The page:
OTTAWA — While Canadians stay home in an effort to limit the spread of the novel coronavirus, officials are working behind the scenes to try to increase the health care system’s capacity to fight the virus.
For more than a week, health officials have urged Canadians to “flatten the curve,” by staying home and keeping a distance between themselves and others to slow down the spread of the virus.
The idea is to spread out the number of cases so health care capacity isn’t overwhelmed all at once.
But there’s a second half to that equation: while Canadians are flattening the curve, health care systems need to simultaneously increase their capacity.
“We’ve done it before. The health care system does it annually with the seasonal flu. We do have the ability to respond to surges,” said Dr. Gigi Osler, president of the Canadian Medical Association.
“What concerns me is the possibility of the surge greater than one we’ve seen before.”
The race to fortify the health care system started amid the first rumblings of the novel coronavirus in Wuhan, China, earlier this year.
“We have been working with provinces and territories to boost our capacity and to understand what demands would be placed on the health care system if we were to see the same type of curve that we were seeing first in China and then later in Italy and Iran,” Health Minister Patty Hajdu said in a briefing Tuesday.
Already some provinces have started cancelling elective surgeries and procedures to free up precious hospital beds and other supplies.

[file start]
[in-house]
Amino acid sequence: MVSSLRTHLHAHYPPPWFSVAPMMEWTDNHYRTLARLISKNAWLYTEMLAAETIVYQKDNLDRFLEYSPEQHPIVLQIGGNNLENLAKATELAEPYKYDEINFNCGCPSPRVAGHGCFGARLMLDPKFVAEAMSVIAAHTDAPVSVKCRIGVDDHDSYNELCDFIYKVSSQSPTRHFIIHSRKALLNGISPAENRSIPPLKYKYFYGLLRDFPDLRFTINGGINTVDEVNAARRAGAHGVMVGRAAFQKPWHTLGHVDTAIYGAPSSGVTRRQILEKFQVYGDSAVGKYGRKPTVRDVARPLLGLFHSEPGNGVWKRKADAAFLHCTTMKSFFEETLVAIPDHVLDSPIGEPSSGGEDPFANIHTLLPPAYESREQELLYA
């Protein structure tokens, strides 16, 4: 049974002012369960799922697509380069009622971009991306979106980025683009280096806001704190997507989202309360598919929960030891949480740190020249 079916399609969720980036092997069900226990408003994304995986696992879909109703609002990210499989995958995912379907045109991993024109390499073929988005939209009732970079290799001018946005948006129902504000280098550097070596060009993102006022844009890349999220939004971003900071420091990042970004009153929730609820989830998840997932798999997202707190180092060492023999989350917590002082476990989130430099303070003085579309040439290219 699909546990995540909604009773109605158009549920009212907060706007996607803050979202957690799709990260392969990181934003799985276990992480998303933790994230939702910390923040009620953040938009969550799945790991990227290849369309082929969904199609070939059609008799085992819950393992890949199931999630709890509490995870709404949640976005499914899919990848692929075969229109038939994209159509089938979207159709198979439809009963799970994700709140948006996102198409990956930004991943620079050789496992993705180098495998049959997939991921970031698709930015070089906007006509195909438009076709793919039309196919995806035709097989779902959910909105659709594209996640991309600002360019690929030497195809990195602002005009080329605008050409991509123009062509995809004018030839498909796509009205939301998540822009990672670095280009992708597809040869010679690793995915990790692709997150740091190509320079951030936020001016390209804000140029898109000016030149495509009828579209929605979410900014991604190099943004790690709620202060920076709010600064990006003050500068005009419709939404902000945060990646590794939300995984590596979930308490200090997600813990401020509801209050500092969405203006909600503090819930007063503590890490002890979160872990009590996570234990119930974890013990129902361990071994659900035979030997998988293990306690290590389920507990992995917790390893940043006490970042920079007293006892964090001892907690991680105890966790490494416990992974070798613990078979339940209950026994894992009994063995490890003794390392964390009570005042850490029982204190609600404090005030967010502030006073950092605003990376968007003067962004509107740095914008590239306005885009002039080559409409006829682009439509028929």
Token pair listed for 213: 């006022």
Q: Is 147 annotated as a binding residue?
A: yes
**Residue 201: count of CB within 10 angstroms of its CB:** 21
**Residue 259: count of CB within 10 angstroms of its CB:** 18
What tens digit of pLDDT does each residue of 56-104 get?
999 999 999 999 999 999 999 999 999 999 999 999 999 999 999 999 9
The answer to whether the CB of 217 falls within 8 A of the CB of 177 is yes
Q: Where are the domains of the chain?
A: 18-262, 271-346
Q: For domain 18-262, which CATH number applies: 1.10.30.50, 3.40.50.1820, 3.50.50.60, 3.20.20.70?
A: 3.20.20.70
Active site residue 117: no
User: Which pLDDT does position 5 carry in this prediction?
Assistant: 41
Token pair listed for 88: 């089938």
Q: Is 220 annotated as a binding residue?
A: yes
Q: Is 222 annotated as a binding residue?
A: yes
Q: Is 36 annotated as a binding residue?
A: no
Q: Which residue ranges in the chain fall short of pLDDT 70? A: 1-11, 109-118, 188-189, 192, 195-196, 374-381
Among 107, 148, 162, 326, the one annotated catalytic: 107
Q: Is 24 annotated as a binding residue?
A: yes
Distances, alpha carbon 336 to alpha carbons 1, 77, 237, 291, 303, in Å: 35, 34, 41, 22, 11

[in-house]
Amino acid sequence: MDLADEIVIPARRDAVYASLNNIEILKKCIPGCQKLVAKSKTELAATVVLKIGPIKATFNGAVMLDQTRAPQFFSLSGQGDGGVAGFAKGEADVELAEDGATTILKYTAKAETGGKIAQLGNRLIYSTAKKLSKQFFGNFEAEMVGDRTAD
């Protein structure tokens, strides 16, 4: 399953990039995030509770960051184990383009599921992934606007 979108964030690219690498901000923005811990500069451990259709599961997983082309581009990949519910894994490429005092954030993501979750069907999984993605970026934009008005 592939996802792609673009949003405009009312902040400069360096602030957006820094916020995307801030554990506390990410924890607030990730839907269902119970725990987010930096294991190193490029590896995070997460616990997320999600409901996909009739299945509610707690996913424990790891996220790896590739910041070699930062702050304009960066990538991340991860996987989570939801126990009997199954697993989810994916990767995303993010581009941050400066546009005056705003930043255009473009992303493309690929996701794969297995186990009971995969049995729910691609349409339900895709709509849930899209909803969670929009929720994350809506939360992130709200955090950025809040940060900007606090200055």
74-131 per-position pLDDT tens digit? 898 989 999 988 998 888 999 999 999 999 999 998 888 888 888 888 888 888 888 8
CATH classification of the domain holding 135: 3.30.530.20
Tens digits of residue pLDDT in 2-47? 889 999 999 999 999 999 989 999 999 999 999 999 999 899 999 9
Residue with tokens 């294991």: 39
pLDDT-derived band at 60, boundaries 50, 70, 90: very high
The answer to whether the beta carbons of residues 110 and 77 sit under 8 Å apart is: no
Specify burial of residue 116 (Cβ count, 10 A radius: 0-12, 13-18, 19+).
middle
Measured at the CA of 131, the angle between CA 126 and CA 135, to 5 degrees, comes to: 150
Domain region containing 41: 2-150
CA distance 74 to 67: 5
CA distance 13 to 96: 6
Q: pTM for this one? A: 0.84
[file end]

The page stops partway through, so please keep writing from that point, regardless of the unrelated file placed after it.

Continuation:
The federal public health agency has also been co-ordinating the purchase of vital supplies like test kits, protective equipment like masks and gloves, and ventilators, said chief public health officer Dr. Theresa Tam.
“All of those things together help improve and increase that line that you saw, that you want to get that curve under,” she said.
It’s not perfect. Physicians still have concerns about supplies and their ability to keep themselves healthy and able for when the peak really hits, Osler said.
The Canadian Medical Association said it would welcome further measures to make sure health systems have what they need if they’re suddenly inundated with patients.
One example would be allowing doctors and other health-care workers from different provinces to pitch in where the demand is highest. That practice is restricted by provincial licensing of health care providers right now.
Meanwhile, some jurisdictions are trying to come up with ways to avoid having patients go to the hospital at all, especially since most COVID-19 cases are mild and can be dealt with at home.
In Alberta, the public health agency put together an online quiz of sorts that lets people assess themselves for COVID-19.
Doctors are also using telehealth and virtual medicine to assess people remotely so they don’t flood clinics and hospitals.
But while most cases are mild, others will be life-threatening and deadly, and everyone will have to do their part to keep hospitals from becoming overwhelmed, Osler said.
“My plea to Canadians now is to do everything you can, everything our public health officers are recommending to stay healthy and reduce the spread of COVID-19,” Osler said.
“If people can do that now, we as Canadians will get through this.”